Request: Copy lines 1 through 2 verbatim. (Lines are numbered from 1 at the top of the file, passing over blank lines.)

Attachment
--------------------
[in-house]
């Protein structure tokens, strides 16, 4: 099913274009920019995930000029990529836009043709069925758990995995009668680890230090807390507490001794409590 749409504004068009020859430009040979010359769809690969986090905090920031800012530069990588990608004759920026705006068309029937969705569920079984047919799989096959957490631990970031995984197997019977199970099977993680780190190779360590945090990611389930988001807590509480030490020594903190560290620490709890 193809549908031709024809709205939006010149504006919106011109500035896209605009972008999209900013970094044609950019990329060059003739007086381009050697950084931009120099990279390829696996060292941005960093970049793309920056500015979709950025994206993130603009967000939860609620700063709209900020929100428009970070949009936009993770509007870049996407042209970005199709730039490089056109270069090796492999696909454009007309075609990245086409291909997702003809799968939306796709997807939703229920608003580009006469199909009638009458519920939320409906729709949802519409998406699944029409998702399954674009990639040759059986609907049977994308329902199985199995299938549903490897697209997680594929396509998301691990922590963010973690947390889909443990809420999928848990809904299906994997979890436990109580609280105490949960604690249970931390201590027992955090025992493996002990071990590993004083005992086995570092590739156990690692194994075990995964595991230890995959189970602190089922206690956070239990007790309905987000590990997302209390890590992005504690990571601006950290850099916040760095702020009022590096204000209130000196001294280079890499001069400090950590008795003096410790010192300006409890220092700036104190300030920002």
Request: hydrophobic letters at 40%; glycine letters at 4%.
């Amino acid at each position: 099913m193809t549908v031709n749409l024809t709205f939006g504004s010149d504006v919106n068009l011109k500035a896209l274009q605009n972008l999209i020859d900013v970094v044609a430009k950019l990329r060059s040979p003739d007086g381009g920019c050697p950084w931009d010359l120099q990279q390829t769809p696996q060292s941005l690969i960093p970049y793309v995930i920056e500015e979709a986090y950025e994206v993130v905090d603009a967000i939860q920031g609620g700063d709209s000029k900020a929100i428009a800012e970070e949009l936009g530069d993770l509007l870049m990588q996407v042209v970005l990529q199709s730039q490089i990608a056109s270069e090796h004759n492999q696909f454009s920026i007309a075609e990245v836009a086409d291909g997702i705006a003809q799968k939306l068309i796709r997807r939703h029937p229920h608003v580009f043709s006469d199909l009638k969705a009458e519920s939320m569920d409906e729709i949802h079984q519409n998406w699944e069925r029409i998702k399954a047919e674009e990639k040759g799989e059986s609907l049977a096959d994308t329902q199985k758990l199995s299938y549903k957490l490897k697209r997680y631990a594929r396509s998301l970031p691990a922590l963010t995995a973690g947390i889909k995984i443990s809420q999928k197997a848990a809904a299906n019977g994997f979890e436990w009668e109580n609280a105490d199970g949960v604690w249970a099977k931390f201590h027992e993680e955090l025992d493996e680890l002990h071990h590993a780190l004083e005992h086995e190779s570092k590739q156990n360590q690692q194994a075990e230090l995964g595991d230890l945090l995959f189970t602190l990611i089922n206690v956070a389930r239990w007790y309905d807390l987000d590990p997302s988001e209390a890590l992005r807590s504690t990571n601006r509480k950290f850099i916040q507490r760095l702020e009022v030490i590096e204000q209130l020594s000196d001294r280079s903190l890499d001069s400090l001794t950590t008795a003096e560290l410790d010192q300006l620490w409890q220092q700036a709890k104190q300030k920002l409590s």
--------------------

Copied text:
[in-house]
């Protein structure tokens, strides 16, 4: 099913274009920019995930000029990529836009043709069925758990995995009668680890230090807390507490001794409590 749409504004068009020859430009040979010359769809690969986090905090920031800012530069990588990608004759920026705006068309029937969705569920079984047919799989096959957490631990970031995984197997019977199970099977993680780190190779360590945090990611389930988001807590509480030490020594903190560290620490709890 193809549908031709024809709205939006010149504006919106011109500035896209605009972008999209900013970094044609950019990329060059003739007086381009050697950084931009120099990279390829696996060292941005960093970049793309920056500015979709950025994206993130603009967000939860609620700063709209900020929100428009970070949009936009993770509007870049996407042209970005199709730039490089056109270069090796492999696909454009007309075609990245086409291909997702003809799968939306796709997807939703229920608003580009006469199909009638009458519920939320409906729709949802519409998406699944029409998702399954674009990639040759059986609907049977994308329902199985199995299938549903490897697209997680594929396509998301691990922590963010973690947390889909443990809420999928848990809904299906994997979890436990109580609280105490949960604690249970931390201590027992955090025992493996002990071990590993004083005992086995570092590739156990690692194994075990995964595991230890995959189970602190089922206690956070239990007790309905987000590990997302209390890590992005504690990571601006950290850099916040760095702020009022590096204000209130000196001294280079890499001069400090950590008795003096410790010192300006409890220092700036104190300030920002």